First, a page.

The work contained in this paper is carried out in conjunction with the World Health Organization World Mental Health (WMH) Survey Initiative, which is supported by the National Institute of Mental Health (NIMH; R01 MH070884), the John D. and Catherine T. MacArthur Foundation, the Pfizer Foundation, the US Public Health Service (R13-MH066849, R01-MH069864, and R01 DA016558), the Fogarty International Center (FIRCA R03-TW006481), the Pan American Health Organization, Eli Lilly and Company, Ortho-McNeil Pharmaceutical, GlaxoSmithKline, Sanofi Aventis and Bristol-Myers Squibb. We thank the staff of the WMH Data Collection and Data Analysis Coordination Centres for assistance with instrumentation, fieldwork and consultation on data analysis. None of the funders had any role in the design, analysis, interpretation of results or preparation of this paper. A complete list of all within-country and cross-national WMH publications can be found at http://www.hcp.med.harvard.edu/wmh/. The Argentina survey – Estudio Argentino de Epidemiología en Salud Mental (EASM) – was supported by a grant from the Argentinian Ministry of Health (Ministerio de Salud de la Nación). The Bulgarian Epidemiological Study of common mental disorders EPIBUL is supported by the Ministry of Health and the National Center for Public Health Protection. The Chinese World Mental Health Survey Initiative is supported by the Pfizer Foundation. The Colombian National Study of Mental Health (NSMH) is supported by the Ministry of Social Protection. The Mental Health Study Medellín – Colombia was carried out and supported jointly by the Center for Excellence on Research in Mental Health (CES University) and the Secretary of Health of Medellín. The ESEMeD project is funded by the European Commission (Contracts QLG5-1999-01042; SANCO 2004123 and EAHC 20081308), (the Piedmont Region (Italy)), Fondo de Investigación Sanitaria, Instituto de Salud Carlos III, Spain (FIS 00/0028), Ministerio de Ciencia y Tecnología, Spain (SAF 2000-158-CE), Departament de Salut, Generalitat de Catalunya, Spain, Instituto de Salud Carlos III (CIBER CB06/02/0046, RETICS RD06/0011 REM-TAP), and other local agencies and by an unrestricted educational grant from GlaxoSmithKline. Implementation of the Iraq Mental Health Survey (IMHS) and data entry were carried out by the staff of the Iraqi MOH and MOP with direct support from the Iraqi IMHS team with funding from both the Japanese and European Funds through United Nations Development Group Iraq Trust Fund (UNDG ITF). The Israel National Health Survey is funded by the Ministry of Health with support from the Israel National Institute for Health Policy and Health Services Research and the National Insurance Institute of Israel. The World Mental Health Japan (WMHJ) Survey is supported by the Grant for Research on Psychiatric and Neurological Diseases and Mental Health (H13-SHOGAI-023, H14-TOKUBETSU-026, H16-KOKORO-013) from the Japan Ministry of Health, Labour and Welfare. The Lebanese National Mental Health Survey (LEBANON) is supported by the Lebanese Ministry of Public Health, the WHO (Lebanon), National Institute of Health/Fogarty International Center (R03 TW006481-01), Sheikh Hamdan Bin Rashid Al Maktoum Award for Medical Sciences, anonymous private donations to IDRAAC, Lebanon, and unrestricted grants from AstraZeneca, Eli Lilly, GlaxoSmithKline, Hikma Pharmaceuticals, Janssen Cilag, Lundbeck, Novartis and Servier. The Mexican National Comorbidity Survey (MNCS) is supported by The National Institute of Psychiatry Ramon de la Fuente (INPRFMDIES 4280) and by the National Council on Science and Technology (CONACyT-G30544-H), with supplemental support from the PanAmerican Health Organization (PAHO). The Psychiatric Enquiry to General Population in Southeast Spain – Murcia (PEGASUS-Murcia) Project has been financed by the Regional Health Authorities of Murcia (Servicio Murciano de Salud and Consejería de Sanidad y Política Social) and Fundación para la Formación e Investigación Sanitarias (FFIS) of Murcia. The Nigerian Survey of Mental Health and Wellbeing (NSMHW) is supported by the WHO (Geneva), the WHO (Nigeria), and the Federal Ministry of Health, Abuja, Nigeria. The Peruvian World Mental Health Study was funded by the National Institute of Health of the Ministry of Health of Peru. The Portuguese Mental Health Study was carried out by the Department of Mental Health, Faculty of Medical Sciences, NOVA University of Lisbon, with collaboration of the Portuguese Catholic University, and was funded by Champalimaud Foundation, Gulbenkian Foundation, Foundation for Science and Technology (FCT) and Ministry of Health. The Romania WMH study projects ‘Policies in Mental Health Area’ and ‘National Study regarding Mental Health and Services Use’ were carried out by National School of Public Health & Health Services Management (former National Institute for Research & Development in Health, present National School of Public Health Management & Professional Development, Bucharest), with technical support of Metro Media Transilvania, the National Institute of Statistics – National Centre for Training in Statistics, SC. Cheyenne Services SRL, Statistics Netherlands and were funded by Ministry of Public Health (former Ministry of Health) with supplemental support of Eli Lilly Romania SRL. The São Paulo Megacity Mental Health Survey is supported by the State of São Paulo Research Foundation (FAPESP) Thematic Project Grant03/00204-3. The Brazilian National Council for Scientific and Technological Development supports L.A. (CNPq Grant #307623/2013-0). The US National Comorbidity Survey Replication (NCS-R) is supported by the National Institute of Mental Health (NIMH; U01-MH60220) with supplemental support from the National Institute of Drug Abuse (NIDA), the Substance Abuse and Mental Health Services Administration (SAMHSA), the Robert Wood Johnson Foundation (RWJF; Grant 044708) and the John W. Alden Trust. G.T. is supported by the National Institute for Health Research (NIHR) Collaboration for Leadership in Applied Health Research and Care South London at King's College London Foundation Trust. G.T. is supported by the European Union Seventh Framework Programme (FP7/2007-2013) Emerald project. This paper is an output of the PRogramme for Improving Mental health carE (PRIME). The material has been funded by UK aid from the UK Government, however, the views expressed do not necessarily reflect the UK Government's official policies. The research supported by the National Institute for Health Research (NIHR) Collaboration for Leadership in Applied Health Research and Care South London at King's College London Foundation Trust. The views expressed are those of the author(s) and not necessarily those of the NHS, the NIHR or the Department of Health. The authors acknowledge financial support from the Department of Health via the National Institute for Health Research (NIHR) Biomedical Research Centre and Dementia Unit awarded to South London and Maudsley NHS Foundation Trust in partnership with King's College London and King's College Hospital NHS Foundation Trust. The views expressed in this paper are those of the authors and do not necessarily represent the views or policies of the World Health Organization.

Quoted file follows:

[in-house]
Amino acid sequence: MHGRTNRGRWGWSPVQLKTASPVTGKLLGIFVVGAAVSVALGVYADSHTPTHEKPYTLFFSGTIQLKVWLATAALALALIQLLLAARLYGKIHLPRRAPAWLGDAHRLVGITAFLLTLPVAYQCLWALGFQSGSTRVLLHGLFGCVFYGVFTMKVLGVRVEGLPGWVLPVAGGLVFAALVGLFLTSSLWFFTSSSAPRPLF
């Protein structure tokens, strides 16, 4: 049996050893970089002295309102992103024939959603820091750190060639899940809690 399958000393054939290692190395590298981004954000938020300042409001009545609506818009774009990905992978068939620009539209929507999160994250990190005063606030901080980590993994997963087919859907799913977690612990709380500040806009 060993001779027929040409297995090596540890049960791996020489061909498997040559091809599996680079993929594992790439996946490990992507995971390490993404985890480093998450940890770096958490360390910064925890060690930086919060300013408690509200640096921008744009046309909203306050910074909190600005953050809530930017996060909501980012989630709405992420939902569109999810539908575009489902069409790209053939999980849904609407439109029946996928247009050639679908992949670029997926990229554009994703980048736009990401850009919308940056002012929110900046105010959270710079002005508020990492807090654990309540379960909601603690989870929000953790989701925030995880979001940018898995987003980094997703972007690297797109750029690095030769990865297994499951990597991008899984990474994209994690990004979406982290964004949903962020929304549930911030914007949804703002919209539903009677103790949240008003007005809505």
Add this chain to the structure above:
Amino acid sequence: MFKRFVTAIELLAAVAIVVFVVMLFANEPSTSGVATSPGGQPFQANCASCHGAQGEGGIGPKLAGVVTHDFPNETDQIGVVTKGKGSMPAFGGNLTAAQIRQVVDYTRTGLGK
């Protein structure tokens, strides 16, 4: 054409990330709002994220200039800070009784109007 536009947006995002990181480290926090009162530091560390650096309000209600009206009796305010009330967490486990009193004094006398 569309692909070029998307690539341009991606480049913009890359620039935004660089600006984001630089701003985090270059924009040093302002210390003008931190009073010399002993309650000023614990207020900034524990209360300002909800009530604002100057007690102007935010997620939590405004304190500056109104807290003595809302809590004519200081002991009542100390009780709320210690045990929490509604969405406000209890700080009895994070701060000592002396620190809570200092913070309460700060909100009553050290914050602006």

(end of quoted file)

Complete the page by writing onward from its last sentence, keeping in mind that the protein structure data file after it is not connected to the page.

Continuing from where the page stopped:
- © The Royal College of Psychiatrists 2017.